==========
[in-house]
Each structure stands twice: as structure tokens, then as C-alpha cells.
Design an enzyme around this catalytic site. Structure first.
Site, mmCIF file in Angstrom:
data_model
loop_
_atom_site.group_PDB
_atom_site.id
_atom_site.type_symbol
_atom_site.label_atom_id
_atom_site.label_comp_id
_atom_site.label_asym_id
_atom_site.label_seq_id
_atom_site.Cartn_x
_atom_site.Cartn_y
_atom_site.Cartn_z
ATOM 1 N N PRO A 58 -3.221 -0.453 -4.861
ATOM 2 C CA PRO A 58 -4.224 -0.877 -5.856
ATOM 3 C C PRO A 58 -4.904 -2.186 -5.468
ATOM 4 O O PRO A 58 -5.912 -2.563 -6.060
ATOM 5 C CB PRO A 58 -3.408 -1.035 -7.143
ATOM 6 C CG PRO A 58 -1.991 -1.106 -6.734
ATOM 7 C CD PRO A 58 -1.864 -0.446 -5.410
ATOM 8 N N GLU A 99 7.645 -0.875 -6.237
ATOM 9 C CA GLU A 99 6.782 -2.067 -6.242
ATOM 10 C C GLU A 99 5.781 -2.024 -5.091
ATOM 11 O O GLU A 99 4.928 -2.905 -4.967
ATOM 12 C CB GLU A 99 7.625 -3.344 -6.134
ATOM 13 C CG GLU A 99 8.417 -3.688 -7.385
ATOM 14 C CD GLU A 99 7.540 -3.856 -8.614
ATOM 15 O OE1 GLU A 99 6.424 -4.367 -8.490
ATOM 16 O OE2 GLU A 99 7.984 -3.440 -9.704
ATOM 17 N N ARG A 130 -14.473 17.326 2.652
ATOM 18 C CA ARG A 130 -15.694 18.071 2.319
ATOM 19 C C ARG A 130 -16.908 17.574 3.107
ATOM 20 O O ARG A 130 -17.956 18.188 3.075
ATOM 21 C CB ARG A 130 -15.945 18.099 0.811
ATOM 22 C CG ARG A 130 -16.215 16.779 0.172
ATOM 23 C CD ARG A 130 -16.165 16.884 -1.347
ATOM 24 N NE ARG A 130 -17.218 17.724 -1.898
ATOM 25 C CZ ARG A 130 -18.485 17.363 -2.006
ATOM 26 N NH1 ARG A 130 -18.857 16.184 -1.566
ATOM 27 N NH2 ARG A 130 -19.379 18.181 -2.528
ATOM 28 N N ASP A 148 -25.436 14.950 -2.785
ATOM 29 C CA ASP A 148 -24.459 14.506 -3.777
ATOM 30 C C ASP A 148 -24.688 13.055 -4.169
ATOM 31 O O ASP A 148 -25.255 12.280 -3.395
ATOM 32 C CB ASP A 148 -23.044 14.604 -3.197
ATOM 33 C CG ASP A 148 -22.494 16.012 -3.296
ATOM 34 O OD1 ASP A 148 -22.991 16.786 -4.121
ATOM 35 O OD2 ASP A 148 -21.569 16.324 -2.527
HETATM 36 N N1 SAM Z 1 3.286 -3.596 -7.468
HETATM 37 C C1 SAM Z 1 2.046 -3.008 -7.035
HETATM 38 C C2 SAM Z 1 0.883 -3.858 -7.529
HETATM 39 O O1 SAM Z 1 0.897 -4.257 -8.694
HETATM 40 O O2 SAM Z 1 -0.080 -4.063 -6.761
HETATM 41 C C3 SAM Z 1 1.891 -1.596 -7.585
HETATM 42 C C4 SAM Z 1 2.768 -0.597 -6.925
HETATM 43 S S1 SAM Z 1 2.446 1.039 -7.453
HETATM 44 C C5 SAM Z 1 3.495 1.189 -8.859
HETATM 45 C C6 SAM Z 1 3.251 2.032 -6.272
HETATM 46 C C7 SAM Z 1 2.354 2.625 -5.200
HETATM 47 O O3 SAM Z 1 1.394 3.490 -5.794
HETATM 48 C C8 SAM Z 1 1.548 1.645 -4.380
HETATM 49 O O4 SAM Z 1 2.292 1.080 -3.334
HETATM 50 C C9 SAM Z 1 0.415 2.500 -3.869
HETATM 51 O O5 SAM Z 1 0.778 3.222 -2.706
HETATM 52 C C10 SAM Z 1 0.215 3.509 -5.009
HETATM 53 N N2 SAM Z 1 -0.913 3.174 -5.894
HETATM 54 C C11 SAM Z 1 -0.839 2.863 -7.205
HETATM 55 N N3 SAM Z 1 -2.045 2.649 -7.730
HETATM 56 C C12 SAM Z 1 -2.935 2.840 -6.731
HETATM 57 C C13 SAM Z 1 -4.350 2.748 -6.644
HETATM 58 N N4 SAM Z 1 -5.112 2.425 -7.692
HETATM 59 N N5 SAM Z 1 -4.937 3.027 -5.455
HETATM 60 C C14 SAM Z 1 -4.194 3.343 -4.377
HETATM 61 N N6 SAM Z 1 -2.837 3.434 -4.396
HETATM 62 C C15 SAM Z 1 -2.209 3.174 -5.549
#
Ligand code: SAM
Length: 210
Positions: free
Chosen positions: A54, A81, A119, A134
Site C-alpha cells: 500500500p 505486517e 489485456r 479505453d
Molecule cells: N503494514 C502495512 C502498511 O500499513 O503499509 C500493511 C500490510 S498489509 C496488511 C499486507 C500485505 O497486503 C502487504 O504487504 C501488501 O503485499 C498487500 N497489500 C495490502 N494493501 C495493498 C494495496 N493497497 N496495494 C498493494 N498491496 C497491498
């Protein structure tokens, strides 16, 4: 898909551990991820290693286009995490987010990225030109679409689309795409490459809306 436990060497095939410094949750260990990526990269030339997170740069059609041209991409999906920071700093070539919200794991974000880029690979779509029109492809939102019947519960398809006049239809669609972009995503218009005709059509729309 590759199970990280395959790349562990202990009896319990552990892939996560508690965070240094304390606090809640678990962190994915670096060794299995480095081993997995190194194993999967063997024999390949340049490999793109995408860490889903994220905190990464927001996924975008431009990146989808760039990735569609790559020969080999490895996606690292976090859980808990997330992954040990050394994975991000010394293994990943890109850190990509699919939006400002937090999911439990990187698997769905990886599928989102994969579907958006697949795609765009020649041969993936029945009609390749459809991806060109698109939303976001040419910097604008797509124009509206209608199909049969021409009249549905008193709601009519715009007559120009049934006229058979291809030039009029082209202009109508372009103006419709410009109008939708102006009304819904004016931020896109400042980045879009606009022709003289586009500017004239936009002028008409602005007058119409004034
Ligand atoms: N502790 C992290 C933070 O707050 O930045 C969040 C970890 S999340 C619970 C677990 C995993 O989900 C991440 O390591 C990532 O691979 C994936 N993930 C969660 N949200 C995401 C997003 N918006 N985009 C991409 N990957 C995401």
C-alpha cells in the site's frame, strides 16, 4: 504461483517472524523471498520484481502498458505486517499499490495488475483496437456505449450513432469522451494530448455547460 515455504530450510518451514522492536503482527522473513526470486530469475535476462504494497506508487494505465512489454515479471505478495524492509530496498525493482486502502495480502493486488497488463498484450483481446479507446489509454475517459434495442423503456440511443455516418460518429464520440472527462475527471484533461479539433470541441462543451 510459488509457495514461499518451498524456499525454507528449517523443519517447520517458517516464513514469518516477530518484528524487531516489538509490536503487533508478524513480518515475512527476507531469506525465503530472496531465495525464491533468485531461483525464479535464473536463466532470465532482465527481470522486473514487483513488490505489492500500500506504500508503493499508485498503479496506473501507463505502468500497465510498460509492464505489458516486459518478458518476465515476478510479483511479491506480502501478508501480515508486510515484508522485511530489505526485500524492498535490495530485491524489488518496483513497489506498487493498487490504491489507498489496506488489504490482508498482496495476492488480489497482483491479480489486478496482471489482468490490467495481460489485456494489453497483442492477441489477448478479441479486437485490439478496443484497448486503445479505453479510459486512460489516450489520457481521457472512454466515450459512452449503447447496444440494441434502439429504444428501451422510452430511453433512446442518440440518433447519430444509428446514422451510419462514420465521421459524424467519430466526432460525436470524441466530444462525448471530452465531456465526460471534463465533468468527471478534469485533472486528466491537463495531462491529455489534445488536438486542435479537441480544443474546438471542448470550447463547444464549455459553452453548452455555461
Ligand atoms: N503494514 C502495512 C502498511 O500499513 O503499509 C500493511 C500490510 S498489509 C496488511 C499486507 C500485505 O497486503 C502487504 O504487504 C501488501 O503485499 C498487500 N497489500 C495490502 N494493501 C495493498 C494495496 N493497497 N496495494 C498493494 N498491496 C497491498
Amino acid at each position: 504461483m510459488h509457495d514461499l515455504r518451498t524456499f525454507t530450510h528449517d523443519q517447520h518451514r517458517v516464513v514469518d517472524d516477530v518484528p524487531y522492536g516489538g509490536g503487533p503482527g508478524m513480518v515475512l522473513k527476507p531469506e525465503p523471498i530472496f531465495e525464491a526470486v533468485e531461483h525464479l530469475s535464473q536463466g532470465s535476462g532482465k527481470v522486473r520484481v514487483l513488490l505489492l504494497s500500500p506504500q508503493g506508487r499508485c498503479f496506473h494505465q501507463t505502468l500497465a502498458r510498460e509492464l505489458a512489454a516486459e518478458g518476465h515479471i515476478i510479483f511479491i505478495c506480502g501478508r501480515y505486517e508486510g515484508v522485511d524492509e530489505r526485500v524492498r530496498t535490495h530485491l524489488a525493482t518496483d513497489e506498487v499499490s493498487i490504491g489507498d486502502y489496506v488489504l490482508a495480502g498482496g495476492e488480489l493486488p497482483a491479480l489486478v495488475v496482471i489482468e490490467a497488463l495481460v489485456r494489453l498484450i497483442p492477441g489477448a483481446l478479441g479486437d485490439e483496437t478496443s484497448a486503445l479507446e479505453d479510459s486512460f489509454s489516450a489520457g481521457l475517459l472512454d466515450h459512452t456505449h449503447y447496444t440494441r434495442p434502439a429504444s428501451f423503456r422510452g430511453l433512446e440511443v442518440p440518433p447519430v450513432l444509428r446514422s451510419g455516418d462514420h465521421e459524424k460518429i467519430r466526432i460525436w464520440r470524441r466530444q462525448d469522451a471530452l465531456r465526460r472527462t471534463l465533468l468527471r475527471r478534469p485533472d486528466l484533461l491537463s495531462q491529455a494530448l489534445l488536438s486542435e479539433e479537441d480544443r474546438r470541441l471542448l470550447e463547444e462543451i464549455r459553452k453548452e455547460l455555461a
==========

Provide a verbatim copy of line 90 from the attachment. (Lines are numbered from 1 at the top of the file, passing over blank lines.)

Amino acid at each position: 504461483m510459488h509457495d514461499l515455504r518451498t524456499f525454507t530450510h528449517d523443519q517447520h518451514r517458517v516464513v514469518d517472524d516477530v518484528p524487531y522492536g516489538g509490536g503487533p503482527g508478524m513480518v515475512l522473513k527476507p531469506e525465503p523471498i530472496f531465495e525464491a526470486v533468485e531461483h525464479l530469475s535464473q536463466g532470465s535476462g532482465k527481470v522486473r520484481v514487483l513488490l505489492l504494497s500500500p506504500q508503493g506508487r499508485c498503479f496506473h494505465q501507463t505502468l500497465a502498458r510498460e509492464l505489458a512489454a516486459e518478458g518476465h515479471i515476478i510479483f511479491i505478495c506480502g501478508r501480515y505486517e508486510g515484508v522485511d524492509e530489505r526485500v524492498r530496498t535490495h530485491l524489488a525493482t518496483d513497489e506498487v499499490s493498487i490504491g489507498d486502502y489496506v488489504l490482508a495480502g498482496g495476492e488480489l493486488p497482483a491479480l489486478v495488475v496482471i489482468e490490467a497488463l495481460v489485456r494489453l498484450i497483442p492477441g489477448a483481446l478479441g479486437d485490439e483496437t478496443s484497448a486503445l479507446e479505453d479510459s486512460f489509454s489516450a489520457g481521457l475517459l472512454d466515450h459512452t456505449h449503447y447496444t440494441r434495442p434502439a429504444s428501451f423503456r422510452g430511453l433512446e440511443v442518440p440518433p447519430v450513432l444509428r446514422s451510419g455516418d462514420h465521421e459524424k460518429i467519430r466526432i460525436w464520440r470524441r466530444q462525448d469522451a471530452l465531456r465526460r472527462t471534463l465533468l468527471r475527471r478534469p485533472d486528466l484533461l491537463s495531462q491529455a494530448l489534445l488536438s486542435e479539433e479537441d480544443r474546438r470541441l471542448l470550447e463547444e462543451i464549455r459553452k453548452e455547460l455555461a